Another Bad Week for Women in Advertising

March 22, 2016

Another Bad Week for Women in Advertising

Our industry could have learned a lot from the Neil French debacle. It chose not to


As recently as 1970, female musicians made up less than 5 per cent of the top five orchestras in the United States. By 1980, that figure had crept up to the 10 per cent range. By 1997, it rose to 25 per cent. And today, those same orchestras are over 30 per cent female.


What changed? Only the introduction of blind auditions in the 1970s and ’80s. Since then, candidates have performed for juries from behind a screen, often doing so in stocking feet, lest the sound of their shoes give away their sex.


Blind auditions have made a huge impact on the composition of orchestras, even when used only in the preliminary round. Even then, blind auditions have made it 50 per cent more likely that a woman musician will advance to final consideration.


Alas, blind auditions wouldn't work in advertising. And thus, there is no simple way to make sure women will ever represent more than three per cent of advertising's creative directors.


My pessimism has been reinforced by the tale of Gustavo Martinez's departure from his role as CEO of JWT. His ouster last Thursday followed a lawsuit by JWT's chief communications officer, Erin Johnson, alleging that Martinez routinely engaged in sexual harassment, and that he often used racist and anti-Semitic slurs. You've likely seen a great many pictures of Martinez in the past week. It's about time you saw one of Erin Johnson:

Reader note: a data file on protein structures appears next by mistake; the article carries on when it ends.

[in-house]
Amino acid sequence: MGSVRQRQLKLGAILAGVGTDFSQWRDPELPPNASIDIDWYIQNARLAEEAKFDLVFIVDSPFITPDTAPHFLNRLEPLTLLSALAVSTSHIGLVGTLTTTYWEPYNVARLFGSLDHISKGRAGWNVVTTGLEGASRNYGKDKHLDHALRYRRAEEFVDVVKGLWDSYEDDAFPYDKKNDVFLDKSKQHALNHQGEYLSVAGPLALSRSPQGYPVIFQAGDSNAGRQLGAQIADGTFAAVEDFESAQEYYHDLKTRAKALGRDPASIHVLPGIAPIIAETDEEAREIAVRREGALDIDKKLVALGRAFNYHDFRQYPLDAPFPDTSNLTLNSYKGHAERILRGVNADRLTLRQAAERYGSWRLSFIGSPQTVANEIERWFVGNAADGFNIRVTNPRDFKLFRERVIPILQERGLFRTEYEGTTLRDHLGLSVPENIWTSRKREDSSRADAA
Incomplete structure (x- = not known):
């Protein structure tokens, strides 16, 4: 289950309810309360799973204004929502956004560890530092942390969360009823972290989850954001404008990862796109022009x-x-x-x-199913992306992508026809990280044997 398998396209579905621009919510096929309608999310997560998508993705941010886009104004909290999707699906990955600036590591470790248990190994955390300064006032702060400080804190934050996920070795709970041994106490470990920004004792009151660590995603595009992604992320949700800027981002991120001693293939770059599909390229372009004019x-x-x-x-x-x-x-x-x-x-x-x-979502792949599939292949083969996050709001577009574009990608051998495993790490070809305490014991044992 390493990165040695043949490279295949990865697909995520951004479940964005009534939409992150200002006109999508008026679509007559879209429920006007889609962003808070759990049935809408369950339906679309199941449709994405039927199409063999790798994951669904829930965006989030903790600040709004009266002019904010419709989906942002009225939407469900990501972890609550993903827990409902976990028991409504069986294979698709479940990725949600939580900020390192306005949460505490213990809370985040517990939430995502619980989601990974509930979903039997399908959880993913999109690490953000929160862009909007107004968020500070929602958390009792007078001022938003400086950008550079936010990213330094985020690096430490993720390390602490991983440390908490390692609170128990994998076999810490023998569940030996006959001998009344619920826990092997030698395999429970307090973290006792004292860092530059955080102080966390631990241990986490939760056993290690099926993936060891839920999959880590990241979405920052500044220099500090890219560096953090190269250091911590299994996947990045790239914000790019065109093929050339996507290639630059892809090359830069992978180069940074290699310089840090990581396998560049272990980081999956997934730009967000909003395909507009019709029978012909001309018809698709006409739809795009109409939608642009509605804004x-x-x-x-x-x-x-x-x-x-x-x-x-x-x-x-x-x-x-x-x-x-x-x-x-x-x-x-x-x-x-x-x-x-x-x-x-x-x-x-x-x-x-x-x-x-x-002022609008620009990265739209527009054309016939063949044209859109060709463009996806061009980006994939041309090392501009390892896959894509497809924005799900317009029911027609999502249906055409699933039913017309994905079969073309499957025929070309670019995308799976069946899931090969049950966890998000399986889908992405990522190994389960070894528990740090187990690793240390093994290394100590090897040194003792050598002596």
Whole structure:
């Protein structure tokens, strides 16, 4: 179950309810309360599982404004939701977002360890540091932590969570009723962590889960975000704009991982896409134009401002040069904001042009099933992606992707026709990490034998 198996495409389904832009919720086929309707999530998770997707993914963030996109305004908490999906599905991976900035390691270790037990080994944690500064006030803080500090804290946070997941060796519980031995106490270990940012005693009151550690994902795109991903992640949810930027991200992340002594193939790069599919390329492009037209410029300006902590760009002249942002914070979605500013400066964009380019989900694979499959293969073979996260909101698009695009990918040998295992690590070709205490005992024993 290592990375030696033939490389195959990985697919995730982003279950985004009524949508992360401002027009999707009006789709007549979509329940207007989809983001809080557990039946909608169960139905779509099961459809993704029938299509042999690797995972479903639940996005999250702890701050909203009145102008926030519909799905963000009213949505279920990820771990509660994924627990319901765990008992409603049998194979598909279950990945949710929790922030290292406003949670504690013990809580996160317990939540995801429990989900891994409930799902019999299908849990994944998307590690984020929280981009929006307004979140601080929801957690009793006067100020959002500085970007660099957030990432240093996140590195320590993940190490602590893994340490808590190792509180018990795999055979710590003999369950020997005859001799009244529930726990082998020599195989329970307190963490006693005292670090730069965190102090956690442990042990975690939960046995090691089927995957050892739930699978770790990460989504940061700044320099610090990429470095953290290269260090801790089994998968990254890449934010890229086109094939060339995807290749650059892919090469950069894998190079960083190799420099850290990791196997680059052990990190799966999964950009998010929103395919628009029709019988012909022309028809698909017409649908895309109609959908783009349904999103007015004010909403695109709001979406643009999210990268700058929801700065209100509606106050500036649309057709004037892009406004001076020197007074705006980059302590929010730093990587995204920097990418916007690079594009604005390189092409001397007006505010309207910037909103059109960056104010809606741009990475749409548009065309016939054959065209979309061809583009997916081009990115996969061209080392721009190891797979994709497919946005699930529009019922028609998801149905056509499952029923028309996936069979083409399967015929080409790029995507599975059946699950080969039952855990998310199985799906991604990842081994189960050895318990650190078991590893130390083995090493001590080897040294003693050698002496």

To be clear, Johnson is a respected, award-winning communications professional with far more to lose here than to gain. But as disturbing as Johnson's allegations were, JWT's initial reactions to her lawsuit were far worse: The agency placed Johnson on paid leave and allowed Martinez to stay in his position, saying no evidence had been found to substantiate Johnson's claims, despite corroboration from an outside journalist. Perhaps coincidentally, Martinez’s departure was announced only after word leaked that Johnson had a recording of him crudely expounding on his mistrust of African Americans.


And even then, Martinez received the kind of support not available to Johnson. While Johnson was banished from the workplace, Martinez was reportedly present to introduce his replacement on his final day. The incoming CEO, Tamara Ingram, later sent an agency-wide email effusively praising Martinez's "enormous energy and commitment," while making no mention of the circumstances surrounding his departure.


It's bad enough that a supposedly forward-thinking industry is still failing HR 101. It is even more depressing that so little has changed since October of 2005. That was when Neil French, WPP's worldwide creative director, came to Toronto and declared to a shocked gathering of ad people, "Women don't make it to the top because they don't deserve to. They're crap," he said, later adding that they inevitably "wimp out and go suckle something." 


French lost his job then, and Martinez has lost his job now, but that settles nothing. What price will Johnson pay for blowing the whistle on a destructive boss? Will she ever be truly welcomed back into the JWT fold? Or will she be frozen out, held forever responsible for embarrassing her agency? Whatever comes of this, every woman in advertising owes Erin Johnson a vote of thanks for her courage.


And, on a related note, I have one more question: Why do the complaints of ad women go viral only when they're voiced by men?



Toronto freelance copywriter Suzanne Pope is the founder of Ad Teachings.